Please ensure Javascript is enabled for purposes of website accessibility
Home / Top Legal News / States shift toward Uniform Bar Exam

States shift toward Uniform Bar Exam

Test adopted in South Carolina; North Carolina weighing options


The one thing every attorney has in common is that each has his or her own personal version of a bar exam horror story. Talk to a lawyer long enough, and you’re likely to hear tales of crowded auditoriums, incessant pencil tapping and fellow test-takers who cracked under the pressure.  Indeed, many attorneys have more than one bar exam story because they were forced to take the test a second or even a third time after landing a job in a different state early in their career.

But amid a tight job market that has left many young attorneys scrambling to find employment wherever they can, a growing number of states have moved to adopt the Uniform Bar Exam. The UBE promises to eliminate the need for law school graduates to take more than one bar exam for geographic reasons. Recent graduates who take and pass the UBE in one state can use their score to gain approval to practice law in another UBE state. More than 26,800 law graduates have taken the UBE since 2011 and roughly 2,300 have transferred their scores to another UBE jurisdiction.

In January, the South Carolina Supreme Court announced the state would be moving to the UBE in February 2017, making it the 19th state to adopt the test. South Carolina is only the second Deep South state, behind Alabama, to embrace the UBE.

The North Carolina Board of Law Examiners has formed a committee to study whether the Tarheel State should adopt the UBE. The committee will hold its first meeting in April and could make a recommendation as early as later this year.

Robert Wilcox, dean of the University of South Carolina School of Law, says if North Carolina does decide to adopt the UBE, it could be a huge boost to students in both Carolinas who don’t have a job lined up by the time they take the bar exam.

“We’ve always had a lot of students who sit for the South Carolina bar exam but then find a job across the border in Charlotte or Raleigh. Having the ability to carry their scores with them would greatly increase the number of opportunities they are able to pursue,” said Wilcox, who had to take three different bar exams when he was first starting out so he could pursue job opportunities. “It would have saved me a whole lot of trouble if we had the UBE 35 years ago.”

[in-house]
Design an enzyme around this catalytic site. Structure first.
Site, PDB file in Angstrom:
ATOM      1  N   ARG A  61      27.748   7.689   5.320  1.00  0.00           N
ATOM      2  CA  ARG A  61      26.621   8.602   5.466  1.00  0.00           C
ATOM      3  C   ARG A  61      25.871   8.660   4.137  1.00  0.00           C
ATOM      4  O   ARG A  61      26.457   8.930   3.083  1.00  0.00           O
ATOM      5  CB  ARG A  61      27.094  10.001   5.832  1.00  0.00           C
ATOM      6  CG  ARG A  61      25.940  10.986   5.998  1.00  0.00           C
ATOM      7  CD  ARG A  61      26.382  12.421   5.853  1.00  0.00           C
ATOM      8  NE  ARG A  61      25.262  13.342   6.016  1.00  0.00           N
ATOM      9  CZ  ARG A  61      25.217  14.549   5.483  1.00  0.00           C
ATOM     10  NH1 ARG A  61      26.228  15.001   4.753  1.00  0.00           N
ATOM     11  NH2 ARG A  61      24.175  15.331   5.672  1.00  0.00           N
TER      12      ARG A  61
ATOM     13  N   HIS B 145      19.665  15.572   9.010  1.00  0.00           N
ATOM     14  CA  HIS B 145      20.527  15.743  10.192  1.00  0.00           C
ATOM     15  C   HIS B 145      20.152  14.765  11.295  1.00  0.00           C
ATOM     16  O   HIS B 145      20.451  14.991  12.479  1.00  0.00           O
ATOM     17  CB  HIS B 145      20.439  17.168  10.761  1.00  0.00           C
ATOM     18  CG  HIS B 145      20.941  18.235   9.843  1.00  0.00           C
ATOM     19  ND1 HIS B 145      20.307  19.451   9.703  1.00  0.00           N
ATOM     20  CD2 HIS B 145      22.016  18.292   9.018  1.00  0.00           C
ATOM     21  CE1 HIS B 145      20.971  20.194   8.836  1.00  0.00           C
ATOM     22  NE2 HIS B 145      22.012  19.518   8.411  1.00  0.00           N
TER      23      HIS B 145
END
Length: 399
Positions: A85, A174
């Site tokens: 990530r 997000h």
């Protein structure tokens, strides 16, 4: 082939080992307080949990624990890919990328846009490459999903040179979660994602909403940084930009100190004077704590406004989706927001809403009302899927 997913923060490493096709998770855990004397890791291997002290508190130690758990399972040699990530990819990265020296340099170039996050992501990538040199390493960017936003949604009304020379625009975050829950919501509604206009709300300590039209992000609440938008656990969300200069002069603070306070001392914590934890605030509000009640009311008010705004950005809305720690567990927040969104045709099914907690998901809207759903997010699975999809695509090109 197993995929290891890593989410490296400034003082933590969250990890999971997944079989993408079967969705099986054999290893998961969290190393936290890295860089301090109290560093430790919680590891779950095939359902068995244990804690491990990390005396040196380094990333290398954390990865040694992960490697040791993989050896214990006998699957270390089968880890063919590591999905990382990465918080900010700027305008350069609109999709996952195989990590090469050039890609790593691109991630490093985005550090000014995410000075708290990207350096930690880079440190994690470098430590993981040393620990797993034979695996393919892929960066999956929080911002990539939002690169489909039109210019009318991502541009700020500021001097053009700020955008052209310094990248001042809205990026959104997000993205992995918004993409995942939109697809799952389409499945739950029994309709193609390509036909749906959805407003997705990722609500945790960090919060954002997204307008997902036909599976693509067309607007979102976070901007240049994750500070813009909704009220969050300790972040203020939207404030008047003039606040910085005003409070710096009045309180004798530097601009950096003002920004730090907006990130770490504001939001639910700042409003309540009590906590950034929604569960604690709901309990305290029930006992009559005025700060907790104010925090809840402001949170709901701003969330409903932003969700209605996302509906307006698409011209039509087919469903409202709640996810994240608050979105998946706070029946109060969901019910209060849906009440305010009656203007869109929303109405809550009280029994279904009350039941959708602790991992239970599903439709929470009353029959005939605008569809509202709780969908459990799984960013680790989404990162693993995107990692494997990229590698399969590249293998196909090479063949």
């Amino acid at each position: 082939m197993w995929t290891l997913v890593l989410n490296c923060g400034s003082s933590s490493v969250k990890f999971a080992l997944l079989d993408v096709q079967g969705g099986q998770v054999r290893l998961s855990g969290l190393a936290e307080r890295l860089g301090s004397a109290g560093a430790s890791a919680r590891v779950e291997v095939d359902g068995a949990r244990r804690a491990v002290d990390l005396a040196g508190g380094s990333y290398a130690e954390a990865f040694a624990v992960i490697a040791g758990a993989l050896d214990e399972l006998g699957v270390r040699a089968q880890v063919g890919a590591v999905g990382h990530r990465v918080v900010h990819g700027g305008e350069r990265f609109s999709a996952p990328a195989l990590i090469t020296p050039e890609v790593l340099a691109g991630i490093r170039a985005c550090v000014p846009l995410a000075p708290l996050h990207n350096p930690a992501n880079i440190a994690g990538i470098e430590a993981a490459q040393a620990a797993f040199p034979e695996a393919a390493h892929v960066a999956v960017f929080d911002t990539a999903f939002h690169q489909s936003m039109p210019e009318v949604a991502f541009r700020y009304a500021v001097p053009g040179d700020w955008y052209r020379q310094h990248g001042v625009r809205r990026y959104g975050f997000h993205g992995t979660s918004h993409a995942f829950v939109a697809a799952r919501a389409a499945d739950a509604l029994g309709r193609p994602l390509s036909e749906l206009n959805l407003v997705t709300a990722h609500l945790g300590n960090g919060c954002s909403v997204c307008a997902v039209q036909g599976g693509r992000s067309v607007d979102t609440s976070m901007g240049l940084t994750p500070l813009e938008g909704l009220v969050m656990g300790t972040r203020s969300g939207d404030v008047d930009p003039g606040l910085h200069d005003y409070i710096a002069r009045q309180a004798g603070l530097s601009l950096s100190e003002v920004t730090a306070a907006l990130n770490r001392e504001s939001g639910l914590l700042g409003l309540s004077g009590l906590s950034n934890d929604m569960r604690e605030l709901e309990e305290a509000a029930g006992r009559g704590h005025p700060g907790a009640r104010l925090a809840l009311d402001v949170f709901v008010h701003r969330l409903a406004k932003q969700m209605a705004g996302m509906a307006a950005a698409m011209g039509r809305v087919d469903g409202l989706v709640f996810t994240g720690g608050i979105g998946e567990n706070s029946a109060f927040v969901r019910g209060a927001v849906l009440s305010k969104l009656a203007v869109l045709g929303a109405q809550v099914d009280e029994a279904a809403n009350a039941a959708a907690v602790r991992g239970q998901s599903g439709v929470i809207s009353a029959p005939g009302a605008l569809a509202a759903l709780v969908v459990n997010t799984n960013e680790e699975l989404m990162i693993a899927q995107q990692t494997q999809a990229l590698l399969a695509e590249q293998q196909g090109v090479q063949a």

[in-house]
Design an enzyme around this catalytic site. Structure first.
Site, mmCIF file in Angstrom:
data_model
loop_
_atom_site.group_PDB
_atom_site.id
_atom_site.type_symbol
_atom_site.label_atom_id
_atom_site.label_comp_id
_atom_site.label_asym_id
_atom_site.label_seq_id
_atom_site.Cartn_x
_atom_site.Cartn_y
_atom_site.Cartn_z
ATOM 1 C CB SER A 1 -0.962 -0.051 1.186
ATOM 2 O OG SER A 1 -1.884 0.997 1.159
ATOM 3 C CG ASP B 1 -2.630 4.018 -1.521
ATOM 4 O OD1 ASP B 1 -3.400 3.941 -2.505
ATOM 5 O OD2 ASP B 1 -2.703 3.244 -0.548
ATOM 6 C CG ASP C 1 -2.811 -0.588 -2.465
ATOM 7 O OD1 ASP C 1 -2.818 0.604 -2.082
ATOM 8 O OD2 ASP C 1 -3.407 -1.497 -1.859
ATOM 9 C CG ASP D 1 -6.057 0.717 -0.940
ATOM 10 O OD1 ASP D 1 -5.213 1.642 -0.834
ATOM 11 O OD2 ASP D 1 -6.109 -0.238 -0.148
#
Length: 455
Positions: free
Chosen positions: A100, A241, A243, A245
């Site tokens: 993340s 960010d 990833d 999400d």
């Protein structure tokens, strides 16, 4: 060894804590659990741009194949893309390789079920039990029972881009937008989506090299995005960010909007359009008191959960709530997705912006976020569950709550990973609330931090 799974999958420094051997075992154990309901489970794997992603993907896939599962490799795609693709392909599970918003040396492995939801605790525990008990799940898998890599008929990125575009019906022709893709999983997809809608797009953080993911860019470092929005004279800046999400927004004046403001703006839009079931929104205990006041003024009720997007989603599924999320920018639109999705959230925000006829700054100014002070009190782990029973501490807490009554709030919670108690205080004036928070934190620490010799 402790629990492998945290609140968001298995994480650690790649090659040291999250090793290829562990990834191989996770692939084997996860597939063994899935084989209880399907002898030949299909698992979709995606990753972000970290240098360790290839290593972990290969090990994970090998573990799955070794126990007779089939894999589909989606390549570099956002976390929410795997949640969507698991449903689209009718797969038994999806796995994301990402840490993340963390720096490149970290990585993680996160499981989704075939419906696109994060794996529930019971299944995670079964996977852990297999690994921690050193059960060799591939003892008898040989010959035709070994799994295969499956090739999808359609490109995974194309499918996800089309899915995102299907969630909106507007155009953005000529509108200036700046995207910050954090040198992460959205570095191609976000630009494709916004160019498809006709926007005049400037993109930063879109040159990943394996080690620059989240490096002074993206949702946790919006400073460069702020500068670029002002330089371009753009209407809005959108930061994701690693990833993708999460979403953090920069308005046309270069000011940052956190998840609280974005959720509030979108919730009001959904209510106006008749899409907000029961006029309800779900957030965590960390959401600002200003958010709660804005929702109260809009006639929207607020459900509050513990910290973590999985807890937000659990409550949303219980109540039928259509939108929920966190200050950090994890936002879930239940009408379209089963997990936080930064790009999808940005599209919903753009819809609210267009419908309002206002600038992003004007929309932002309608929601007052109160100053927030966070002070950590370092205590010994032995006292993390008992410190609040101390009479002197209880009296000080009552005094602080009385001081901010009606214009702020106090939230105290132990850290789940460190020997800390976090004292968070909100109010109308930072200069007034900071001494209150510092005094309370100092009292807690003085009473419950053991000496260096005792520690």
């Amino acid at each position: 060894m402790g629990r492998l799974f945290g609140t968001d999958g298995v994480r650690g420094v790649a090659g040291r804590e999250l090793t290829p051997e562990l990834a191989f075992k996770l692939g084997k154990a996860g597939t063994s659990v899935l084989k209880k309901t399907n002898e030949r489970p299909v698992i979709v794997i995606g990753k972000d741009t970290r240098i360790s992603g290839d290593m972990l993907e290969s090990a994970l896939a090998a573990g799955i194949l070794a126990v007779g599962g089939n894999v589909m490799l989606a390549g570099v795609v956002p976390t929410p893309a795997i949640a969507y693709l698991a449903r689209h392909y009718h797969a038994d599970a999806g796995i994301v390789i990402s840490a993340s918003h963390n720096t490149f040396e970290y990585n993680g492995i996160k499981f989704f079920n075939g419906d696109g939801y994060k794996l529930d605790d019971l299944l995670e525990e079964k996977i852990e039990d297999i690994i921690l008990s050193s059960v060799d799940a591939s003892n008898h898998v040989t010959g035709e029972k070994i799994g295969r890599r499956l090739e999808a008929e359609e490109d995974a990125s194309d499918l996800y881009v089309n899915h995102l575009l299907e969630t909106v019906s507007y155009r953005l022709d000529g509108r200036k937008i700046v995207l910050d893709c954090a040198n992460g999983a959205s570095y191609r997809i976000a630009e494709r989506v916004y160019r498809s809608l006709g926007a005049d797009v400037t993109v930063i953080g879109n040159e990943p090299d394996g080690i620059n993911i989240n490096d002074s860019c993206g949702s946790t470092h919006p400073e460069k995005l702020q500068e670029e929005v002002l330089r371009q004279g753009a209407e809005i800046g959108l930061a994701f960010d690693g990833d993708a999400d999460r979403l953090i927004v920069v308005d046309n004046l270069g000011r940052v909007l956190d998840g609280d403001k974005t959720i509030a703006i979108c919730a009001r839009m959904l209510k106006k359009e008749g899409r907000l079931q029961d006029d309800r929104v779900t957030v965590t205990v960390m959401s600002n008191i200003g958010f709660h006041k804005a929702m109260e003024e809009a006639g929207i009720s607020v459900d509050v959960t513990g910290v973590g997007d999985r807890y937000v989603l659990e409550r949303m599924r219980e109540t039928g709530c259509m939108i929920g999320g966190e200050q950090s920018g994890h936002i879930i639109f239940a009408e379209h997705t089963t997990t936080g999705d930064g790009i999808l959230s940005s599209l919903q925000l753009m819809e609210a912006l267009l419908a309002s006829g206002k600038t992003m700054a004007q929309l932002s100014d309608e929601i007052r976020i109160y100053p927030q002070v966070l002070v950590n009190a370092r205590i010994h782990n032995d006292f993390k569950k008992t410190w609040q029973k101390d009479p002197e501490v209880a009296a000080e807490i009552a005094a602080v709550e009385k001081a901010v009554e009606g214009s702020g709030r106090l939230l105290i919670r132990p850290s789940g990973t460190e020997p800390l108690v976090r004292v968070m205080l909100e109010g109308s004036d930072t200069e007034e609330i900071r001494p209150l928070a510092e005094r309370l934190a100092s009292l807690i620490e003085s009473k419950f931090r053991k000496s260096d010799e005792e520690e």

But the new test raises questions about what the Carolinas want to get out of the bar exam process.


Gaining momentum

The UBE first came online five years ago, but it took some time for many states to get over their concerns about the test. Most of the states that agreed to offer the UBE are located west of the Mississippi River.

But when New York announced last May its intent to become a UBE state, it marked a tipping point for the effort to spread the test nationwide. As the home of one of the largest lawyer populations in the country, New York carries a great deal of sway when it comes to new testing procedures. The addition of New York is expected to greatly increase the number of UBE scores earned and transferred annually because the state tests more than 15,000 candidates each year, according to figures from the National Conference of Bar Examiners. Since New York embraced the UBE, Washington, D.C., has signed on, and Massachusetts, New Jersey and Vermont have taken steps toward full adoption. And pressure is growing for California to join the ranks of UBE states.

The UBE got another boost earlier this month, when the American Bar Association’s House of Delegates approved a measure calling for “expeditious” adoption of the UBE across the country.

“Historically, the UBE was thought of as a device for smaller states that couldn’t afford the apparatus for developing their own bar exam, but that has clearly changed,” says Campbell Law School Dean J. Rich Leonard.

The UBE is prepared and coordinated by the NCBE and is composed of several smaller tests, which are uniformly graded. As the ABA House of Delegates noted when it threw its support behind nationwide adoption of the UBE, many of the sub-tests are already being offered in most jurisdictions.

The Multistate Bar Examination, for example, is now offered in 54 states and territories. The other two pieces of the UBE are the Multistate Essay Examination and the Multistate Performance Test, which are offered in 31 and 41 jurisdictions, respectively. “In effect, a common licensing test is already in force,” the ABA’s report said.

Each UBE state retains the right to set its own transfer requirements and has the option of requiring additional state-specific test questions. South Carolina is in the process of setting the rules for how its UBE is administered, including whether there will be a state-specific add-on test.